I been in the right place but it musta been the wrong time - Dr. John
People are social animals with a fundamental need to gather and socialize. For many, their primary social environment is at work. When the pandemic sent people away from the workplace, it sent away with them the opportunity to socialize and use their social skills. Teams are likely to have lost strength and solidarity. Individuals will be less socially confident and competent. Leaders will reasonably -- and rightfully -- decide that the need for team building is high, if for no reason other than to simply come together. It’s obvious. Or is it?
“It was the best of times, it was the worst of times, …”
This opening line from Charles Dickens’ A Tale of Two Cities captures the paradox of team building. Just when the need for team building is greatest, it may also be the worst time to do it. The potential for gain is great. Team building can do wonders to give people the time and opportunity to share their personal experiences and gain the insight of the team. But the same conditions raise the risk of two unwanted outcomes:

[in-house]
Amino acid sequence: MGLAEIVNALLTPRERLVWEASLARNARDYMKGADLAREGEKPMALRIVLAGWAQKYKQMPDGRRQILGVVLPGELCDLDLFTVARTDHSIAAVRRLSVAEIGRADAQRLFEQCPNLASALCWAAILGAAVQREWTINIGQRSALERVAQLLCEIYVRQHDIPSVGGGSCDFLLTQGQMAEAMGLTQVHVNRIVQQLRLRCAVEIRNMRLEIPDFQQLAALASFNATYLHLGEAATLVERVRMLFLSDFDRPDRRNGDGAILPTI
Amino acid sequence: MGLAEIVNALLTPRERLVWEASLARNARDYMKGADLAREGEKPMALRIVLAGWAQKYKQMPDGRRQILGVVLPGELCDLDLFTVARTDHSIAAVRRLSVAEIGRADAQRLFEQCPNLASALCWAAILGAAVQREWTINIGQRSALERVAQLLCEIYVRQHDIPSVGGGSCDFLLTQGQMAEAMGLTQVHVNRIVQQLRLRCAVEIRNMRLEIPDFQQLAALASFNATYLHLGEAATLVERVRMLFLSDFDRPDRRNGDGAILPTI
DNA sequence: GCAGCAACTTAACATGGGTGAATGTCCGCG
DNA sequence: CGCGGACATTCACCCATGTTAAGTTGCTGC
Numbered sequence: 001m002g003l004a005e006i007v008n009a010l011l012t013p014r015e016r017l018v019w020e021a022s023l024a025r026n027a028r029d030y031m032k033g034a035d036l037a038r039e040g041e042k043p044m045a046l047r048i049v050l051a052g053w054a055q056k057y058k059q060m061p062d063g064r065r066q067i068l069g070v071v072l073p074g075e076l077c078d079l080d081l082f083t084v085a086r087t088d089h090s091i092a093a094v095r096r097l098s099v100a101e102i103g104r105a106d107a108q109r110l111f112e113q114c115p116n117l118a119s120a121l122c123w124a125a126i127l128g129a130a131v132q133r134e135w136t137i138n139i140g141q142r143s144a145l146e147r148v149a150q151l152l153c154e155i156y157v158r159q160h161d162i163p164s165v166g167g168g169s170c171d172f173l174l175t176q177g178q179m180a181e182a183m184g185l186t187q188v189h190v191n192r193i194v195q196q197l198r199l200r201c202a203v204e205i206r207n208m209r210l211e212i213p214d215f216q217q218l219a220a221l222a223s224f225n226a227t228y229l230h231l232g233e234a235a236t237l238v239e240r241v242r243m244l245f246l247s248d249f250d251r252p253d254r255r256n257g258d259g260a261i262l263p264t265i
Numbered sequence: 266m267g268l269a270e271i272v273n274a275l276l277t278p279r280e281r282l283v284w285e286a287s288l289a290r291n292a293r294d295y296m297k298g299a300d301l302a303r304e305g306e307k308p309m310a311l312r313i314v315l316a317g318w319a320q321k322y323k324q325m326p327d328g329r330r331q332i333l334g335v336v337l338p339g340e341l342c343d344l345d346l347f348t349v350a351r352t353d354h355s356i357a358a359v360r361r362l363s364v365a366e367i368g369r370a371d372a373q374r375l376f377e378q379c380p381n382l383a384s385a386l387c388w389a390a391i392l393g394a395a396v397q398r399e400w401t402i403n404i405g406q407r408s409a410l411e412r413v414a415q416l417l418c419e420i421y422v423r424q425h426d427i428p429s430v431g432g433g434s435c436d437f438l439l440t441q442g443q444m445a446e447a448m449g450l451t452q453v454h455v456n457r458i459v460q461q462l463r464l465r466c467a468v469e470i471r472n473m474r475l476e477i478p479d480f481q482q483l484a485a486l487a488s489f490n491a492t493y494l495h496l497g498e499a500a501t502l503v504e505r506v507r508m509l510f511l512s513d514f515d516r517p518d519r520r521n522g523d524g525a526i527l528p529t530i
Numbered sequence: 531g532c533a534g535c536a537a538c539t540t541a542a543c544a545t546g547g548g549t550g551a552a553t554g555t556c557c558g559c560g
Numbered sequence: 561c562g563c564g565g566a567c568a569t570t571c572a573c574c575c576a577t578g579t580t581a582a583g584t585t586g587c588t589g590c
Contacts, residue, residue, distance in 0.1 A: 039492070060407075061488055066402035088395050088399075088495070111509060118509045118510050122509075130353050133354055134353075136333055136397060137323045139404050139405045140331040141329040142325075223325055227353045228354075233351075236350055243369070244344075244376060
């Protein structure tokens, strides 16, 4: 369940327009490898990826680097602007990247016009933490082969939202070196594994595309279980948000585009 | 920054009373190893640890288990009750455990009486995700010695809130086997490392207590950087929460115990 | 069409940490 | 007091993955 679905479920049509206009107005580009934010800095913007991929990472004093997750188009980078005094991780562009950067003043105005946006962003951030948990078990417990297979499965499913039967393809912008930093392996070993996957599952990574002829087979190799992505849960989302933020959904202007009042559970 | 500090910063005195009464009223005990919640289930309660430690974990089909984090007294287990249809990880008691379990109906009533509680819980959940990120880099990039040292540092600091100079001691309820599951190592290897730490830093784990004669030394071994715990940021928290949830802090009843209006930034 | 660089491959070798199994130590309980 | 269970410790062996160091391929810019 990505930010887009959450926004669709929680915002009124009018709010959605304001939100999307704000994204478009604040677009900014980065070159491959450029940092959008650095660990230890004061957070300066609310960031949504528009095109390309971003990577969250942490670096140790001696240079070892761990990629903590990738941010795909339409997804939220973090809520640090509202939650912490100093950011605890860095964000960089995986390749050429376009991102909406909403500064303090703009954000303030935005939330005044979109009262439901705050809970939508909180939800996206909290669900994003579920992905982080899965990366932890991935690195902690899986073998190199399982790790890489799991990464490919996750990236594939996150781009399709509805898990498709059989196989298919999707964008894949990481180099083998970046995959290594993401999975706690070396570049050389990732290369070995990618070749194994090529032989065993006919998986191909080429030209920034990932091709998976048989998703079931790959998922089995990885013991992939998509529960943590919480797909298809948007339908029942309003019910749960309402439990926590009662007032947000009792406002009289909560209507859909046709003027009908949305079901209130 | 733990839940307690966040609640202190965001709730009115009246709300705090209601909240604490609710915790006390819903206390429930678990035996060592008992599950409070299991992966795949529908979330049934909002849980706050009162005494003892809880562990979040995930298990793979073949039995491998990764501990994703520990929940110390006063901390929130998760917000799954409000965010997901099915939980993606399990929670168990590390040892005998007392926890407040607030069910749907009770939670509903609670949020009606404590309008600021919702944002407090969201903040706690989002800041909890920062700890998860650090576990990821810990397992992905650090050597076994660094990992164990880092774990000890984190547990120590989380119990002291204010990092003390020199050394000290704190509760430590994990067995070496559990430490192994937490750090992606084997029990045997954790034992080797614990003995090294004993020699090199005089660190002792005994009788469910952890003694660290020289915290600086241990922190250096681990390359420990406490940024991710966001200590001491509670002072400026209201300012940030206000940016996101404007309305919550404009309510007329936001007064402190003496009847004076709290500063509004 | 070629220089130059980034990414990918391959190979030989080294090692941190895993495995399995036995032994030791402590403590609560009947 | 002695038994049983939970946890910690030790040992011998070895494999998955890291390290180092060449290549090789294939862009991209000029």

- Crop dusting. Individuals have been away from each other so long they may be shy and literally have little to give the session the energy expected. and may hold back on their true selves resulting in "meh" team building.
- Complete disaster. It will be especially difficult to predict where things may go. Some participants may be experiencing pent up aggression, others, compromised resilience (or even mild depression). The mix can be explosive.
So, what’s at the root of this paradox?